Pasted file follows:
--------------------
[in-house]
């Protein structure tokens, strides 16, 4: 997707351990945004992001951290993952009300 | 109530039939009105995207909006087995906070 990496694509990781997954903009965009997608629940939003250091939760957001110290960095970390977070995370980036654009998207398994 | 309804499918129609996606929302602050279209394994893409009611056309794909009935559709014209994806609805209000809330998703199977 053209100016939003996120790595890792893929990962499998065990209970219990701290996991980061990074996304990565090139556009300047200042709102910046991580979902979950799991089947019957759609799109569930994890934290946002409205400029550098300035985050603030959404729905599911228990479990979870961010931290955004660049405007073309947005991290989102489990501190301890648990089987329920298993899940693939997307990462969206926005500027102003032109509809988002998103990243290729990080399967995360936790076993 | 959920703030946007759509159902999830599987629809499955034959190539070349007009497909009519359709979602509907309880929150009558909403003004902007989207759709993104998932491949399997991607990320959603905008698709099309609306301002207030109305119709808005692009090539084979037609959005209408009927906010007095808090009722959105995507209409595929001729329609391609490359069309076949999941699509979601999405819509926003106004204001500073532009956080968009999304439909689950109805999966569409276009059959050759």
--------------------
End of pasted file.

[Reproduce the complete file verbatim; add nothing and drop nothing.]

[in-house]
């Protein structure tokens, strides 16, 4: 997707351990945004992001951290993952009300 | 109530039939009105995207909006087995906070 990496694509990781997954903009965009997608629940939003250091939760957001110290960095970390977070995370980036654009998207398994 | 309804499918129609996606929302602050279209394994893409009611056309794909009935559709014209994806609805209000809330998703199977 053209100016939003996120790595890792893929990962499998065990209970219990701290996991980061990074996304990565090139556009300047200042709102910046991580979902979950799991089947019957759609799109569930994890934290946002409205400029550098300035985050603030959404729905599911228990479990979870961010931290955004660049405007073309947005991290989102489990501190301890648990089987329920298993899940693939997307990462969206926005500027102003032109509809988002998103990243290729990080399967995360936790076993 | 959920703030946007759509159902999830599987629809499955034959190539070349007009497909009519359709979602509907309880929150009558909403003004902007989207759709993104998932491949399997991607990320959603905008698709099309609306301002207030109305119709808005692009090539084979037609959005209408009927906010007095808090009722959105995507209409595929001729329609391609490359069309076949999941699509979601999405819509926003106004204001500073532009956080968009999304439909689950109805999966569409276009059959050759």